Who can keep up with the speed at which things change in social media while maintaining a sense of identity?
Let me back up a bit. In my life, I strive to find balance. Work hard, rest hard. Work smarter, not harder. Look at all the angles before making a decision. Be open to change, but know what you want. Picture the end before you begin. These are some of my pillars. So, I want to find the balance between being relevant, in-the-know, and “with-it” when it comes to social media, but also understand how to confidently exist above the frantic fray, not bending to every whim or app update that gets thrown at me. I want to know the landscape of social media, but also live where I want to live. Today, I am wondering how that all works.
So, let’s take a brief tour of the social media networks and how I view them in my life.
Twitter. You either do or don’t live on Twitter. Personally, I don’t live there. But, I know people who I love and respect who do. I get it. I appreciate it. I check in once a month. Twitter is like the place on the other side of town that is great, but not really worth the drive out of the way for me to visit. Love you, Twitter. See you never.
Facebook. Is hate too strong of a word? Probably. Vehemently dislike? Can’t handle all the nonsense? Don’t like the way I feel when I scroll too long? You get the picture. Facebook is not where I live. But I’m on it, because as it turns out, so are a lot of you. Millions of people still use this platform transactionally, and so when it comes to dispersing information, I would be a foolish business owner to not be on Facebook. As a platform, it is helpful and necessary. You can find me on Facebook, but you won’t really find me on Facebook. Facebook is like the dodgy street I have to drive down to get to the lovely place where I live. I didn’t build these roads, but I do need to get home, so I will do what it takes to get there and keep moving.
Instagram. She used to be my favorite. And I do still spend a lot of time there. What’s not to love about posting beautifully styled and filtered photos of “real life” with creatively edited captions full of witty banter? (Insert shameful head shake here.) Instagram can be a lot of fun and, when done well, it can build a voice and enhance a brand. But it has also contributed to a culture of comparison and curating. I try to add large doses of vulnerability in my feed to balance out the slippery slope of perceived perfection on Instagram. Even still, I know the poison of comparison seeps in. Instagram is like the coffee shop you love to visit as often as possible. You always see people you know, you like the way it’s decorated, you leave feeling inspired, and you make plans to go back. But it’s not real life. It’s not your home.
Instagram Stories. Hold up. Let me make sure I have this right. This is where I capture “real” moments (15 seconds or less) and compile them into a story with captions (layered and colorful if possible), and then not get too attached or spend a lot of time on any of this content because POOF! everything disappears in 24 hours. Really? Ok. Fine. I’ll play. Instagram Stories remind me of cleaning up the living room when you have a toddler. The results are nice for about two point five seconds. And then the toys are spread out on the floor again, and you have to start all over. Thanks a lot for playing! Now start all over! You do what you have to do to keep the living room somewhat tidy, right?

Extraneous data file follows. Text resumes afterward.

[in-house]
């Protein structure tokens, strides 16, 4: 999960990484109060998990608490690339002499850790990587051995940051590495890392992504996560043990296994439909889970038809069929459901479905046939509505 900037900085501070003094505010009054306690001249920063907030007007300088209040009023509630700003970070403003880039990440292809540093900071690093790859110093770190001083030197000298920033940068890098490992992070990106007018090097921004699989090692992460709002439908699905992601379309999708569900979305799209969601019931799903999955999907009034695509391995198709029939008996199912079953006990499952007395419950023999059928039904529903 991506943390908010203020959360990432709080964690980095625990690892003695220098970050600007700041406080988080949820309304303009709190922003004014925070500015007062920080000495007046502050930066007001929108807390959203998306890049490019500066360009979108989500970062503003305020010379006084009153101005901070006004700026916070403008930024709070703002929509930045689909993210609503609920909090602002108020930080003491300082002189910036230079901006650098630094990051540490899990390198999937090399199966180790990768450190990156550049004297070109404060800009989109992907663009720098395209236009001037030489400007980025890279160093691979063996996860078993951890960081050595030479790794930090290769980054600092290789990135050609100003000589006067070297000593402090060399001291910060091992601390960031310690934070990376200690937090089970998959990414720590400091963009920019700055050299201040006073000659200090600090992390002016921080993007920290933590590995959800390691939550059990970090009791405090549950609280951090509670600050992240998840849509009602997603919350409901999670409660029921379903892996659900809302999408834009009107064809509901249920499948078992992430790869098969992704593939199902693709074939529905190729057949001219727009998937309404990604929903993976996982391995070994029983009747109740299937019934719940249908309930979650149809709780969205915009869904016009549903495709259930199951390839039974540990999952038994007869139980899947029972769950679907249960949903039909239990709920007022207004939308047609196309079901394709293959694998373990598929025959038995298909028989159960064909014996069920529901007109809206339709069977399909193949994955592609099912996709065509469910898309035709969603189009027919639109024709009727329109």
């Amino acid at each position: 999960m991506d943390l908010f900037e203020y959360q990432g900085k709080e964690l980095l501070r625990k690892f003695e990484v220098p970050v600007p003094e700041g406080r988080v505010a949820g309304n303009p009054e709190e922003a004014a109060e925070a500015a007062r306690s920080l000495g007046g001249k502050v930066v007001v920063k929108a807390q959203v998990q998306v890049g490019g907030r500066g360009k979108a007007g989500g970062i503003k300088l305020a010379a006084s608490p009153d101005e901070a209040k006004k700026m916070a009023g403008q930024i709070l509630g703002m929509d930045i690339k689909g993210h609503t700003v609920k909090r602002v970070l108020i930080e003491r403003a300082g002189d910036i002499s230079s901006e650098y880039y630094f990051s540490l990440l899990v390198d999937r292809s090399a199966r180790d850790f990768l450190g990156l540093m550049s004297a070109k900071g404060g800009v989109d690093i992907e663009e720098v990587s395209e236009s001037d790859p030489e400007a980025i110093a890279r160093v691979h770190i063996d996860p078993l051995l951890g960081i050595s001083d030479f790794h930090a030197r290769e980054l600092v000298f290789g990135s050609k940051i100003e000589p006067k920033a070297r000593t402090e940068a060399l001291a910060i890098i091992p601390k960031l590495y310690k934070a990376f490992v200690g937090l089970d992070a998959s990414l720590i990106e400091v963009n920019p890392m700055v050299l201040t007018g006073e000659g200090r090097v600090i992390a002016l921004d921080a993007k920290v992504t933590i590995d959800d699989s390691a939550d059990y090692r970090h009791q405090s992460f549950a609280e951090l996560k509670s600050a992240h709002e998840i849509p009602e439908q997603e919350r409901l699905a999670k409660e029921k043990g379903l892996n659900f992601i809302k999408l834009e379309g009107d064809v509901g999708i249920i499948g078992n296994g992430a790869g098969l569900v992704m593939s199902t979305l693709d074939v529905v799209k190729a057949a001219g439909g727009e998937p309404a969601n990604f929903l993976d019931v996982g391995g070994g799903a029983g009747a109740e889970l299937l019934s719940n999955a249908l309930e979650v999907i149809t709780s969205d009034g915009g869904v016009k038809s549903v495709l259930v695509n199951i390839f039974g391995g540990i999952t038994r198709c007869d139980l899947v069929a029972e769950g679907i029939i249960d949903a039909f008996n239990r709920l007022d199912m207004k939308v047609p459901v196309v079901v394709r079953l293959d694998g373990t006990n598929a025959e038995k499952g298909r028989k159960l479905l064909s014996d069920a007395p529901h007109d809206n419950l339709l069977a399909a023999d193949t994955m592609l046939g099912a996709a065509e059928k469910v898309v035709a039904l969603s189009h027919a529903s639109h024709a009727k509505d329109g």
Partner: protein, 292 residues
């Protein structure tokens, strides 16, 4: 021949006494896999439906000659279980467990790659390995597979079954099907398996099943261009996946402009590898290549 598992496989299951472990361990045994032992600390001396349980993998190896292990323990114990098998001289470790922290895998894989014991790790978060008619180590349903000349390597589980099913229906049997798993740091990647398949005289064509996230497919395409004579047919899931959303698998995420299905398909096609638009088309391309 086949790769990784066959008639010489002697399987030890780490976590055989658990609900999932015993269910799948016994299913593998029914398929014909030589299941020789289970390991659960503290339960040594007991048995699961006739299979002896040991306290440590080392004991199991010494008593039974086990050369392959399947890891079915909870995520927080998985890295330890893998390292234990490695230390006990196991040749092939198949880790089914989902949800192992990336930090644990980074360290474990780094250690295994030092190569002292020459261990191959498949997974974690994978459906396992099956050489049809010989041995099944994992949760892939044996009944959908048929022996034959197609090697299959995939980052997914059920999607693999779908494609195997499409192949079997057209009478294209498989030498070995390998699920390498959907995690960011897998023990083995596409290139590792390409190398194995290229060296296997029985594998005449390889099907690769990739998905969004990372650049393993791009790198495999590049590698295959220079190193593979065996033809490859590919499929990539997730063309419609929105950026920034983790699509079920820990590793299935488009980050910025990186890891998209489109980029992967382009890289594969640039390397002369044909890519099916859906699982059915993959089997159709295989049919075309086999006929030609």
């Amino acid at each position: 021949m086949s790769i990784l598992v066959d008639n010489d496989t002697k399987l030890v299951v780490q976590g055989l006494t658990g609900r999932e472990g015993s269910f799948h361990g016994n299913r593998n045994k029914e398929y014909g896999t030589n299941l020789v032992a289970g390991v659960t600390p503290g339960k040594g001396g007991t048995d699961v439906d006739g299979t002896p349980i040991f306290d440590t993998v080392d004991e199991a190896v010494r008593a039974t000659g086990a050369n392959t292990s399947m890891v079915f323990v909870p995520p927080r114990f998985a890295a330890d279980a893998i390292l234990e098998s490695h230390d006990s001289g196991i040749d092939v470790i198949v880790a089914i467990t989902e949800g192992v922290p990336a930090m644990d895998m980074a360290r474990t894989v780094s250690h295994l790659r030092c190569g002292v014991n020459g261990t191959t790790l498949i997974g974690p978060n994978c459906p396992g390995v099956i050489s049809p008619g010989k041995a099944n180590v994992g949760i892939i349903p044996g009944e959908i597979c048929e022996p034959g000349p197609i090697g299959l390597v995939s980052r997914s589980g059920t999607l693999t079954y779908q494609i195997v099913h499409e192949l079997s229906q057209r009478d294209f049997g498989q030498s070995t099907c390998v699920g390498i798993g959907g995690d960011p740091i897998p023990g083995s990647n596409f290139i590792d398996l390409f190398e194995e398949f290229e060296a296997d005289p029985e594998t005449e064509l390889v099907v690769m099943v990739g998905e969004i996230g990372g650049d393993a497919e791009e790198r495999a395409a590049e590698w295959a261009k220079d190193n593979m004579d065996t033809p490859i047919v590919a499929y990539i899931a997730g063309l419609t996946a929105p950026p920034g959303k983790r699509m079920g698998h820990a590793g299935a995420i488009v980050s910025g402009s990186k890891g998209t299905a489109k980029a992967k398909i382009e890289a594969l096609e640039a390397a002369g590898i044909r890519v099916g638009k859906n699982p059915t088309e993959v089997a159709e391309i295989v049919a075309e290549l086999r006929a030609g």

IGTV. Here is where I get frustrated at how quickly this entire situation has escalated. I want to put my head down on my desk and take a time-out. Really? Long form video? We are now going to record up to an hour of content for this social platform and try to be like YouTube? Looks like the answer is yes. Sure, it feels good to know the content isn’t going to be deleted in 24 hours, so that’s something. But now I am left wondering how much time and effort to pour into this new gig. Is it vital to participate? What’s the benefit for me or my business? Am I missing out by ignoring it? IGTV feels like the new cool club in town that everyone flocks to on a Friday night, so I get dressed up and go, but the whole time I’m there I keep thinking, “I wish I were on my couch in jeans and a t-shirt watching Netflix with my family.”
It’s hard to know the landscape and stay true to where you want to live.
So where do I want to live? You’ve found it. Right here. I want to own my own content, decide what stays and what goes, and provide a place where, no matter when the last time you clicked on something I did, you can find every post in order every time.
I want to create a space here on the internet where yes, the photographs are beautiful and taken by talented people, but also yes, the words accurately communicate who I am to anyone who wants to read them.
This blog isn’t a place where I play games or bend or twist to attract an audience or keep a following. It’s a place where I can live and be comfortable with the surroundings because no one else is determining the rules or rolling out a new hoop to jump through in order to make things work well.
Look, I’m sure you will see me try my hand at anything new that comes down the pike. I like trying new things, and I really like connecting with new people and getting my product in front of as many eyes as possible. But at the end of the day, the social media circus is not my home. The circus is a place where I go to see what happens when you swing on a trapeze or attempt to eat fire or ride an elephant while waving to a cheering crowd. The circus can be fun, but at the end of the day, nothing can compare to the familiarity and comfort of coming home to a place where you get to be exactly who you want to be.
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